As Dave Lombardi was merging onto I-15, a piece of ice fell off the top of a semi truck. The ice crashed through his windshield and slammed into his face. Lombardi reported to Fox 13 News, “It’s like it was in slow motion, and I didn’t know what to do . . . Then I glanced over one more time just as a sheet of ice was flying off the top of the truck.” According to Lombardi, the slab of ice was two feet by three feet long. It sent shards of ice and glass into his face as it came through the window. As blood trickled down his face, he had to navigate his way to the shoulder of the freeway to deal with the incident.
Lieutenant Todd Royce of the Utah Highway Patrol is uncertain about the ability to charge a semi driver for that. “Could we charge a driver for that? Yes, we could. Would it stick in court? Maybe, maybe not.” All drivers are responsible for whatever may fly off their vehicle. The victim, Lombardi, said in the Fox 13 article, “I thought maybe the driver should have been a little more meticulous about cleaning the top of his truck before he took off.” However, many trucking companies will not allow their drivers to get on the roof of their trucks due to the risks involved.
Lombardi just wants to find the truck driver. He says that he is not upset but would like to get the driver’s insurance information. Lombardi’s insurance will not cover the cost of the new windshield and the CAT scan at the hospital.
Dave Lombardi’s experience is not necessarily unique. With lower temperatures and snow storms, there is more ice that builds up on cars and trucks. As cars take to the freeway, ice can become dislodged and fall onto the road. Larger pieces of ice can become hazardous for commuters while traveling at higher speeds.
To prevent something like this from happening, all drivers need to take the extra time before their drive to scrape ice from their vehicles, especially if there are more substantial ice chunks on top of the car. Auto experts recommend allowing your vehicle to warm up before you drive, even if it is just 30 seconds. This extra time can be spent getting your car ready to drive, scraping windshields, pulling ice off the top, etc. Incorporating this practice into your driving routine will help prevent any possible accidents and problems with people on the road.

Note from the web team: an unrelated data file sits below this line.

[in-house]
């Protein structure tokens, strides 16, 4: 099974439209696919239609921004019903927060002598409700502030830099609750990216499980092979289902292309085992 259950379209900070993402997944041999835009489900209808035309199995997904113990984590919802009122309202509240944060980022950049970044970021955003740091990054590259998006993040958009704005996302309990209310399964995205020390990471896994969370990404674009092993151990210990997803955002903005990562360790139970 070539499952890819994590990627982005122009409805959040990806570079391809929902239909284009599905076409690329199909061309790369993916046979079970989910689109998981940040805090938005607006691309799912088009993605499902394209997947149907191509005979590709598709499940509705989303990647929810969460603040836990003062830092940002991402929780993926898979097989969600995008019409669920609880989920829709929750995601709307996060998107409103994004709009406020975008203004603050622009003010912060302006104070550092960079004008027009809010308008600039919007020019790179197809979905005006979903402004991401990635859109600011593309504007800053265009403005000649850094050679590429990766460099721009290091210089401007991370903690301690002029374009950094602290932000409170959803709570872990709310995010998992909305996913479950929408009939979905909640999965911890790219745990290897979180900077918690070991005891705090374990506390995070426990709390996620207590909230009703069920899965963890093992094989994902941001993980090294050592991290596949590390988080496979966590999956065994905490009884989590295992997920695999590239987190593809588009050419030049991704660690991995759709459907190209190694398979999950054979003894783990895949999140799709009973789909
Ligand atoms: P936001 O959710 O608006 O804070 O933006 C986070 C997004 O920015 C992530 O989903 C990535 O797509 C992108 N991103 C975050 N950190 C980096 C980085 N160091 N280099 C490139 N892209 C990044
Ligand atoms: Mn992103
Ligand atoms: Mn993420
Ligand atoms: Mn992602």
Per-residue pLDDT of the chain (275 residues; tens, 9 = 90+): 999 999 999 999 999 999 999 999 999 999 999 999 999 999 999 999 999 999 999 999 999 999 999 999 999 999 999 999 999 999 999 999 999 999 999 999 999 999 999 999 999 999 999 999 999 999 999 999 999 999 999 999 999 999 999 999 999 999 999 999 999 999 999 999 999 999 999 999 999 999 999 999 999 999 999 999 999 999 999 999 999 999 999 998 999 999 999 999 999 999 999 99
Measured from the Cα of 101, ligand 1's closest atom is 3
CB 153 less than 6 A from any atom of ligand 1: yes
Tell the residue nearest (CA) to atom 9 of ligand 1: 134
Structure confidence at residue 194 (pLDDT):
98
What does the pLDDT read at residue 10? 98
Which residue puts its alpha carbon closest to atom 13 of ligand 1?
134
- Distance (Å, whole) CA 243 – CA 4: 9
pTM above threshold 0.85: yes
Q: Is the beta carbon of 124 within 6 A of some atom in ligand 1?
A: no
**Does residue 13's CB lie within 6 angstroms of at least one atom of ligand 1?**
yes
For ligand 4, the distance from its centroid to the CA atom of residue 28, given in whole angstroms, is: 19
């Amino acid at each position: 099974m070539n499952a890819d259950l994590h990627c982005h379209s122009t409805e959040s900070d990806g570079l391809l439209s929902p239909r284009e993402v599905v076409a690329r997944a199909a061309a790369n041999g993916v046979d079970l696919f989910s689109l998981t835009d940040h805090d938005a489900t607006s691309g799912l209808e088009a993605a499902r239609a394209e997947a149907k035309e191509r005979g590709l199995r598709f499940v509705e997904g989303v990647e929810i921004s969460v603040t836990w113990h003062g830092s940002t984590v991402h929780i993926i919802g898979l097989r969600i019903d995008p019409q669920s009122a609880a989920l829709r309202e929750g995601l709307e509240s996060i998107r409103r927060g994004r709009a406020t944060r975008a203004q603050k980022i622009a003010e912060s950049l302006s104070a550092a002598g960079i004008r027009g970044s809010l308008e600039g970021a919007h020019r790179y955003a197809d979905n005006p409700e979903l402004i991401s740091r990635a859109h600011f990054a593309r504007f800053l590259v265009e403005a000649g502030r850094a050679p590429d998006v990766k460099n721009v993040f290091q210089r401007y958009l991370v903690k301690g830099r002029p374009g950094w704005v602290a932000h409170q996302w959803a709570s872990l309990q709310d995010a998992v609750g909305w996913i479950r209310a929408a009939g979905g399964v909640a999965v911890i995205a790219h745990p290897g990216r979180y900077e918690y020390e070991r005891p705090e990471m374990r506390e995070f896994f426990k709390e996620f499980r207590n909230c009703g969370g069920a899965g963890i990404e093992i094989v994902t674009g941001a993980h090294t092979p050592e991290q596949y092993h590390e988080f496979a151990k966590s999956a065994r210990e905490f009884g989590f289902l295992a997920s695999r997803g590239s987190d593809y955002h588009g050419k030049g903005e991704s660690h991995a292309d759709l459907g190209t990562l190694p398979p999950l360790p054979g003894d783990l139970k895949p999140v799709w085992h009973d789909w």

If you are caught in a situation similar to Dave Lombardi’s, you have a few options. If at all possible, try to get a license plate number. This action might require you pull over to a safe location to make a note of it. Never take a picture of the plate while driving or attempt to make the record while driving. This tip applies only if you can do so safely. Making a note while driving is not safe. With Lombardi’s case, he had to pull over to remove blood from his face. His situation did not leave him in a position where he could jot down a license plate number. If it is a semi who was the offender in the incident and you are unable to record the information, try to remember the commercial company who owns the truck. Usually, commercial semis will have a logo with the name of the company on the side of the truck. If it is a car, try to remember the make and model of the vehicle (in this case, it will probably be treated similarly to a hit and run incident).
As always, if you have been the victim of someone’s negligence, contact The Advocates Law Firm. We will be able to help you with the questions you might have about your accident.